Mr. Lewis Grummit, an eminent grazier of Lincolnshire, met late one night a commercial traveller who had mistaken his road, and inquired the way to the nearest inn or public house. Mr. G. replied, that as he was a stranger, he would show him the way to a quiet respectable house of public entertainment for man and horse; and took him to his own residence. The traveller, by the perfect ease and confidence of his manner, shewed the success of his host's stratagem; and every thing that he called for, was instantly provided for himself and his horse. In the morning he called, in an authoritative tone, for his bill, and the hospitable landlord had all the recompense he desired in the surprise and altered manners of his guest. It was from this incident that Dr. Goldsmith took the hint of Marlow mistaking the house of Mr. Hardcastle for an inn, in the comedy of "She Stoops to Conquer."
Mr. Quick, while performing the part of Romeo, was seized with an involuntary fit of laughter, which subjected him to the severe rebuke of his auditors. It happened in the scene of Romeo and the apothecary, who, going for the phial of poison, found it broken; not to detain the scene, he snatched, in a hurry, a pot of soft pomatum. Quick was no sooner presented with it, than he fell into a convulsive fit of laughter. But, being soon recalled to a sense of his duty by the reproofs of the audience, he came forward and made the following whimsical apology:—"Ladies and gentlemen, I could not resist the idea that struck me when the pot of pomatum, instead of the phial of poison, was presented. Had he at the same time given me a tea-spoon, it would not have been so improper; for the poison might have been made up as a lenitive electuary. But, if you please, ladies and gentlemen, we will begin the scene again without laughing."
Soon after the appearance of Garrick at the theatre of Drury Lane, to which he, by his astonishing powers, brought all the world, while Mr. Rich was playing his pantomimes at Covent Garden to empty benches, he and Mr. Garrick happened to meet one morning at the Bedford coffee-house. Having fallen into conversation, Garrick asked the Covent Garden manager, how much his house would hold, when crowded with company. "Why, master," said Rich, "I cannot well tell; but if you will come and play Richard for one night, I shall be able to give an account."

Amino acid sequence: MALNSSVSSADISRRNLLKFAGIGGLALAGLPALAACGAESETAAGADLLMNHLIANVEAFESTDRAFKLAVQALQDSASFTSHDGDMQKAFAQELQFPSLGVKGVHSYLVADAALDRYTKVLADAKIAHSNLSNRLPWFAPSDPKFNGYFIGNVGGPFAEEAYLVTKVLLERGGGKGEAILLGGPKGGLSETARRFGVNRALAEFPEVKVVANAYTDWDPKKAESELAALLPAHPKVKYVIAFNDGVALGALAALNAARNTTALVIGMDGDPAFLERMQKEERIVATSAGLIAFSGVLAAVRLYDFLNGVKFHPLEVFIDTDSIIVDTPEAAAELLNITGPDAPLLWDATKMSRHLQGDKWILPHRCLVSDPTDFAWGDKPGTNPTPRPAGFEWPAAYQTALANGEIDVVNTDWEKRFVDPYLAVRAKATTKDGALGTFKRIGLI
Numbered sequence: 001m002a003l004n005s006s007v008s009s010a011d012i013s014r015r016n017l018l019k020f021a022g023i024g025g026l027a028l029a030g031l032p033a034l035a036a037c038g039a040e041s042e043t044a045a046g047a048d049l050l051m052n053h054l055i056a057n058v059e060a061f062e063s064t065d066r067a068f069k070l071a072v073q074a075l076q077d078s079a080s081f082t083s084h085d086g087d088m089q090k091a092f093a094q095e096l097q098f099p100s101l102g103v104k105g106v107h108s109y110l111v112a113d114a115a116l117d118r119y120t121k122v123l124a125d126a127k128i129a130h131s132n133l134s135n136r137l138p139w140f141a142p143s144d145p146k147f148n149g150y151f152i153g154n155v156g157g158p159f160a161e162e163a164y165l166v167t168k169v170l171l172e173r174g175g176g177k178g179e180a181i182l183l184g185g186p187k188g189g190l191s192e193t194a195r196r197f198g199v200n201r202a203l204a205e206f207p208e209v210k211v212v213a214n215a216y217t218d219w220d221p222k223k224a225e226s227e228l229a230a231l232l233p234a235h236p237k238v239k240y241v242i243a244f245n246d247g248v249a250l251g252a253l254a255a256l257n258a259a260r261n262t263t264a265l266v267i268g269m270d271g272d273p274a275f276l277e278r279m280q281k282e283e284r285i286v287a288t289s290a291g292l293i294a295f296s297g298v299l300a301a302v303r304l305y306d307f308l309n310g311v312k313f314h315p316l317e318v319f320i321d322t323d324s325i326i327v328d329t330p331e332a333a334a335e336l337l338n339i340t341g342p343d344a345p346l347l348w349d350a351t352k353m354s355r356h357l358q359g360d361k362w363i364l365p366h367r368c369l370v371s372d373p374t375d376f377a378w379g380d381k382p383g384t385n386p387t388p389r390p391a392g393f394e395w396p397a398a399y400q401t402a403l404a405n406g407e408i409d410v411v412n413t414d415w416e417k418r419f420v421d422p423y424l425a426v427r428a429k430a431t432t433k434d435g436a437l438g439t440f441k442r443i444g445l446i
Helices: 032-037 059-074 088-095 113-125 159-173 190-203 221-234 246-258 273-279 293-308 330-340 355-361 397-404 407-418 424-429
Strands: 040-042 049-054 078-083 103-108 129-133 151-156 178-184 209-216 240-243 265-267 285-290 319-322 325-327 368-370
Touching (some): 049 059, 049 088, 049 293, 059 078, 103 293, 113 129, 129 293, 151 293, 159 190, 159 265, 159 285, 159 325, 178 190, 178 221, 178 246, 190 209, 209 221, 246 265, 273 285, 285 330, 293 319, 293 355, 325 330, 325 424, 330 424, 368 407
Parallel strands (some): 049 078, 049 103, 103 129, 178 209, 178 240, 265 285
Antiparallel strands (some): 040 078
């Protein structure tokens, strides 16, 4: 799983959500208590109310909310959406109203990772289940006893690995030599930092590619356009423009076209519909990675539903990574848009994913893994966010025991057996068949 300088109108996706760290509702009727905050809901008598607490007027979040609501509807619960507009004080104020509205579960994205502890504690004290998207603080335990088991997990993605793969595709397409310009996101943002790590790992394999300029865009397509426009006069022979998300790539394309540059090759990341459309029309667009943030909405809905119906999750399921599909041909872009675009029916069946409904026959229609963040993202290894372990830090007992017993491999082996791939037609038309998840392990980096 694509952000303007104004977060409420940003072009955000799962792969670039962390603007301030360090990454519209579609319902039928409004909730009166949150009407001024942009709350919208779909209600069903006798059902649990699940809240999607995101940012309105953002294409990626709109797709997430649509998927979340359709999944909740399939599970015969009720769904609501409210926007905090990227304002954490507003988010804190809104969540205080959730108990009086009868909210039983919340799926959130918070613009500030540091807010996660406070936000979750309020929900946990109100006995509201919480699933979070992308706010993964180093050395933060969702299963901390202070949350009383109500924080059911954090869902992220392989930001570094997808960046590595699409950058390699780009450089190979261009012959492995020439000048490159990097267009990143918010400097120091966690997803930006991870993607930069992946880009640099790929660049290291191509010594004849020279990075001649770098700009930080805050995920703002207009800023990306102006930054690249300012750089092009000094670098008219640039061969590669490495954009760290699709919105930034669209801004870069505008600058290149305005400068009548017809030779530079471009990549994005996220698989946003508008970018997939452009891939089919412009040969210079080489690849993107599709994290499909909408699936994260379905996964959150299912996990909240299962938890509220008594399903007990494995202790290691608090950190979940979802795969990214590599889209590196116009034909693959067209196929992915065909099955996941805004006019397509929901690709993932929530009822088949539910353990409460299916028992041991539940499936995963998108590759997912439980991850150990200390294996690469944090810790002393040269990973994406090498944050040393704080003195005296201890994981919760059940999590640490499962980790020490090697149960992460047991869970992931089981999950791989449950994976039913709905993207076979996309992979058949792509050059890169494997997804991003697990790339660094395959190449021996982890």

Morand, author of Le Capricieuse, was in a box of the theatre during the first representation of that comedy; the pit loudly expressing disapprobation at the extravagance and improbability of some traits in this character, the author became impatient; he put his head out of the box, and called, "Know, gentlemen, that this is the very picture of my mother-in-law. What do you say now?"
Foote, on his last journey to France for the recovery of his health, while waiting for the packet, entered the kitchen of the Ship tavern at Dover, and, addressing the cook, who prided herself in never having been ten miles out of town, exclaimed, "Why, cookee, I understand you have been a great traveller." She denying the charge, Foote replied, "Why, they tell me up stairs that you have been all over Grease, and I am sure I have seen you myself at Spithead."
A person talking to Foote of an acquaintance of his, who was so avaricious as even to lament the prospect of his funeral expences, though a short time before he had been censuring one of his own relations for his parsimonious temper—"Now is it not strange," continued he, "that this man would not remove the beam from his own eye, before he attempted to take the mote out of other peoples?" "Why, so I dare say he would," cried Foote, "if he were sure of selling the timber."